I think the children that turned their parents in were considered child heroes because the government praises the division between people they create. It's better to have people turn on each other, than the government. It's the perfect scheme to target the kids because they're easily moldable and can be praised early for turning on their parents.
@joise, I think it's the same concept as when you see a homeless man in the street, but don't want to give money, or don't have any. You simply prevent yourself from thinking about it, and look away. The citizens from 1984 might just prevent their minds form straying into the alleys guarded by the thought police.
@Spencer, Im sure Orwell put some self image within the book. He probably found himself to feel similarly to Winston, suppressed by powerful government. In a time when democracy was fighting against totalitarianism, and choice was being eliminated, he probably feared his freedom could be taken as well.
@Collin, Technology is used as a chew toy, a distraction to the people. If they can't have the right to think, they can put all of their mind power and energy into being enveloped in technology. Technology also makes it possible for Big Brother to keep everyone in check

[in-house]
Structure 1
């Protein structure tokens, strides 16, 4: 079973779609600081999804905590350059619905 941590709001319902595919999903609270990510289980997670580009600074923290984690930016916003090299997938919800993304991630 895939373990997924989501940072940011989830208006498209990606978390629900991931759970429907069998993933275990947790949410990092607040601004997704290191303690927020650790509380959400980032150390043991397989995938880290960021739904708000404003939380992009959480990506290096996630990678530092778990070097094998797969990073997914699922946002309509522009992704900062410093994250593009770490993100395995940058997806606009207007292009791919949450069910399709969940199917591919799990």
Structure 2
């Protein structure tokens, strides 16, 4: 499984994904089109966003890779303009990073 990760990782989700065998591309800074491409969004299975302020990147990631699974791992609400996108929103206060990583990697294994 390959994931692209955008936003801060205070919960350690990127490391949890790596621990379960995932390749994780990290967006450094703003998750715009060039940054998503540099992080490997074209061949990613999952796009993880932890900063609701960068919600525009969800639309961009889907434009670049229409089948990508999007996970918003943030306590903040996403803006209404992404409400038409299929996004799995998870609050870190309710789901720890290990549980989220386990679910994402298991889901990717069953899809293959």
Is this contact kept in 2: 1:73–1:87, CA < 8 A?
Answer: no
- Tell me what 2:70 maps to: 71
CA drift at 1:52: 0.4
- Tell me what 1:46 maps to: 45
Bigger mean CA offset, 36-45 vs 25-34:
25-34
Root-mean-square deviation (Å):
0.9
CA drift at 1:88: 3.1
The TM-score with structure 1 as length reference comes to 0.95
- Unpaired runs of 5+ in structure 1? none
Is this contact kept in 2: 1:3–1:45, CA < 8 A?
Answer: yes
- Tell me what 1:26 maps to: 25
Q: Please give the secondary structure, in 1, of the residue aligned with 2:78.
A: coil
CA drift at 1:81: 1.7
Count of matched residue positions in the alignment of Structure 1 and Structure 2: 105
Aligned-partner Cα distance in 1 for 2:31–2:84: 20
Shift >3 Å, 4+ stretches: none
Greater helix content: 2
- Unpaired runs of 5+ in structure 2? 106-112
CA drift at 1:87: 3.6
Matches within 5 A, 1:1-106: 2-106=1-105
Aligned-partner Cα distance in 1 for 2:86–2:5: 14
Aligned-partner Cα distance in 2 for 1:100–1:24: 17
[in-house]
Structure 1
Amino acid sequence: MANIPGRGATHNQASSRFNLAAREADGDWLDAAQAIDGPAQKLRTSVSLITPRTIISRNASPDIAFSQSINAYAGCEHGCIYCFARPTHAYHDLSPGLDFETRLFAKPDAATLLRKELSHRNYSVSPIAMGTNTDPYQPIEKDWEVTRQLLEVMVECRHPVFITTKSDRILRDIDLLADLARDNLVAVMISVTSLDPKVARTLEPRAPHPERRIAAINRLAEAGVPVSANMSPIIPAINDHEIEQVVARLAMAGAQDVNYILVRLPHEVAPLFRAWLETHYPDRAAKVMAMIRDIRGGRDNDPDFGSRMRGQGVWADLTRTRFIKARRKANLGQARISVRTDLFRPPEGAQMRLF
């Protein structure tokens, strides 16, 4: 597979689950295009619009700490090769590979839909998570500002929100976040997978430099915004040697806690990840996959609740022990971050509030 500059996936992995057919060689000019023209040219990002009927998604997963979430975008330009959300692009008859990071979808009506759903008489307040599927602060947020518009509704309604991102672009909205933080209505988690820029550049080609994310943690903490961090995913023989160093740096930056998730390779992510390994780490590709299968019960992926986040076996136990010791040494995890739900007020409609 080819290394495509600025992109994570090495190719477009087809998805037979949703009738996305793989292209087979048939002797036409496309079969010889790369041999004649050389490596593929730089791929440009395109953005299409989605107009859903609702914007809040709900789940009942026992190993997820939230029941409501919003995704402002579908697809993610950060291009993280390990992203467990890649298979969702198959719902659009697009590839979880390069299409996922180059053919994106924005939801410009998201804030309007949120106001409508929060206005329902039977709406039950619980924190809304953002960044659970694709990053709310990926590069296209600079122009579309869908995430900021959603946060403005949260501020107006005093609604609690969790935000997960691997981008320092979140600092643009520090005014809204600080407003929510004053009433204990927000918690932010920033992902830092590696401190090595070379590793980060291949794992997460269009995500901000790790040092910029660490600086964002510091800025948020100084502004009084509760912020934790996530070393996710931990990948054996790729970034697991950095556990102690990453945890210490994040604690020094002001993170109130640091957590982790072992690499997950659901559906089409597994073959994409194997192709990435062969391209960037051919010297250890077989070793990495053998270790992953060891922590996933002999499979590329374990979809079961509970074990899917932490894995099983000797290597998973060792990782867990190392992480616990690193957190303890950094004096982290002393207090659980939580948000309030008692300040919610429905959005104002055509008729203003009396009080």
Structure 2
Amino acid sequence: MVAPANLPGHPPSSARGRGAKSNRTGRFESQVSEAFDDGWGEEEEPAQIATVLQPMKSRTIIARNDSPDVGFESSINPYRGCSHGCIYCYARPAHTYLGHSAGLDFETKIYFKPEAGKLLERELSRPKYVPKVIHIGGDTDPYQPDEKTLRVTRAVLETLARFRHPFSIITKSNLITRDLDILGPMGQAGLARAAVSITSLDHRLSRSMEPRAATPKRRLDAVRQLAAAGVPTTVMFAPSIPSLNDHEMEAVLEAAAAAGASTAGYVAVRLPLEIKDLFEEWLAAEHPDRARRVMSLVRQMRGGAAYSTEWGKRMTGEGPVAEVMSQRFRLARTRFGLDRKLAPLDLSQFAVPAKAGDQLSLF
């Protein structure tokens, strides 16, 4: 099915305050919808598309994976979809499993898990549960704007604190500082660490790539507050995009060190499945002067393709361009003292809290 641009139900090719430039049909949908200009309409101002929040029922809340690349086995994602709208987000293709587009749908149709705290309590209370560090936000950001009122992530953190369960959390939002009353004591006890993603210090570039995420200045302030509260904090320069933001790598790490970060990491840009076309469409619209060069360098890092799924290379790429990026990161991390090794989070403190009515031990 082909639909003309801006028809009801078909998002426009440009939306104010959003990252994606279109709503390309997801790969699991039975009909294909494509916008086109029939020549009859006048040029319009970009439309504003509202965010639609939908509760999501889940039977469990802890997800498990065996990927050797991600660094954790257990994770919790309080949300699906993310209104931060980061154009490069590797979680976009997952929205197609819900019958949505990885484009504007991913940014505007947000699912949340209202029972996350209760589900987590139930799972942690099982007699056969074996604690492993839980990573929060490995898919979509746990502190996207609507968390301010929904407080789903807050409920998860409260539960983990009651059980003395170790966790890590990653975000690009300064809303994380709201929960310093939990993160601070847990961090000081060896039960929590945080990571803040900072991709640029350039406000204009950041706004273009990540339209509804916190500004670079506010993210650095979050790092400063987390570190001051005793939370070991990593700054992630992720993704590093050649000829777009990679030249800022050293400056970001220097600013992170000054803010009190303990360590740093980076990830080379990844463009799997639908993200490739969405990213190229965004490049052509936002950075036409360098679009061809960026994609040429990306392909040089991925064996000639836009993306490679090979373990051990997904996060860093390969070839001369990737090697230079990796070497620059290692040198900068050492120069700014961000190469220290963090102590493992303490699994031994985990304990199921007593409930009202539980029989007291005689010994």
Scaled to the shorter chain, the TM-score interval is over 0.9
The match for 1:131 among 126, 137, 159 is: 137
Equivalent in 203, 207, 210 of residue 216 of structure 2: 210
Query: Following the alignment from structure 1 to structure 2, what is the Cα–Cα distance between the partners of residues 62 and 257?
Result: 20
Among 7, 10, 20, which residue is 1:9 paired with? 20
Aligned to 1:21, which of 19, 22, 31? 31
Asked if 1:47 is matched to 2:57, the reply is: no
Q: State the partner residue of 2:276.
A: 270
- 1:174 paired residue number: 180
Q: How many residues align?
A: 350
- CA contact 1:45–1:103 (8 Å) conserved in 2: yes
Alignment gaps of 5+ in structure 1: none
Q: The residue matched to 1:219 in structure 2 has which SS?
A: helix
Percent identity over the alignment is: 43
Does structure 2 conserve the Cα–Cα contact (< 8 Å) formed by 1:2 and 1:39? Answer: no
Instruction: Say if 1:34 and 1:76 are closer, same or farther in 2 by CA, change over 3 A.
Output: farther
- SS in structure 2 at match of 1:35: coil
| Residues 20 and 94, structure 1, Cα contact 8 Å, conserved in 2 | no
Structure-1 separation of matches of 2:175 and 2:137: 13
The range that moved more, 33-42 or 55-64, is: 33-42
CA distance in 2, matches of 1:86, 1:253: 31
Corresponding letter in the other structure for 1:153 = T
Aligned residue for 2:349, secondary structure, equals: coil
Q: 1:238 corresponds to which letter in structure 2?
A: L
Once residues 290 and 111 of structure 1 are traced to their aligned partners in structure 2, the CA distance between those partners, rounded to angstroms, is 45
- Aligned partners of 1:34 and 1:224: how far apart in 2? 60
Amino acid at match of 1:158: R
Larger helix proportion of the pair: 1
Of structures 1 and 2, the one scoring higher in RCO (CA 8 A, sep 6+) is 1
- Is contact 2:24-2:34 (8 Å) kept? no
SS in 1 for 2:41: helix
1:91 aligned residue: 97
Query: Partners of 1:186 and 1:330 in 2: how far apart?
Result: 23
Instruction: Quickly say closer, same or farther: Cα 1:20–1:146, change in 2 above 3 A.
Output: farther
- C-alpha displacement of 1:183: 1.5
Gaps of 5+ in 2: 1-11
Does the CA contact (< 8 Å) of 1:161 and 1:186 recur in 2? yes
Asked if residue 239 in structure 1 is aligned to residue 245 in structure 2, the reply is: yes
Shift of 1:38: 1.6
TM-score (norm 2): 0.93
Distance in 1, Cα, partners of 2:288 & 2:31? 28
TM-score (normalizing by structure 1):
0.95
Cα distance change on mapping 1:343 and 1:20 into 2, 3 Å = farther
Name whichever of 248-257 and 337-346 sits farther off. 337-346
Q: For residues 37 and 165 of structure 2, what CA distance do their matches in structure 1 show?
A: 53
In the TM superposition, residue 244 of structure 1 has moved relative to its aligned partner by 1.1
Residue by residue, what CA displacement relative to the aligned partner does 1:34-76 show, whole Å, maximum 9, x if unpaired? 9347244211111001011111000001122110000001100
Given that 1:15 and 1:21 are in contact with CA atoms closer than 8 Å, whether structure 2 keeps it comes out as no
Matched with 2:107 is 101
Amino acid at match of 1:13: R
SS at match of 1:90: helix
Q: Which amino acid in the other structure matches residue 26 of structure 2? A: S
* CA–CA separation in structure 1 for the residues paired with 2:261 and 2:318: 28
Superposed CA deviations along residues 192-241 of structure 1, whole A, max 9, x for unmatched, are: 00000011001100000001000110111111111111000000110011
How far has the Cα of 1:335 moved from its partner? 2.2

@Charlotte I think he means that the ones who refuse to see things as they are, and remained detached from reality, believing everything they're told will escape the governments punishment. The ones that can't see things for what Big Brother makes them to be will struggle immensely to conform.
@Josh I actually just recently looked over my social media, and the whole concept of it in general. My instagram in particular was just a mirage. It portrays a life I don't actually have, pinpointing only the positive highlights of my life. Although an instance as small as this isn't dangerous, I'm sure with the millions of social media users, this small distortion intensely alters people's perspectives.
@Josie They do what they are told to, without a question. It leaves them to be able to live without living in a way.
@Steve Winston seems to believe himself as a good judge of character, and up until this point, everyone had the same look in their eyes.
@Kaily I think the Party is trying to keep the morals up, like the "Victory Gardens" in World War 2.
@Zack Utopia in Greek literally translates to "No Place" and to us, 1984 seems like a dystopian novel, but they go hand in hand, Utopia for some, Dystopia for others.
@Spencer The main character tends to share traits with their creator, so yes, Orwell is in everyone of his characters.
@Sage The more you are exposed to an idea, the more you consider it as truth.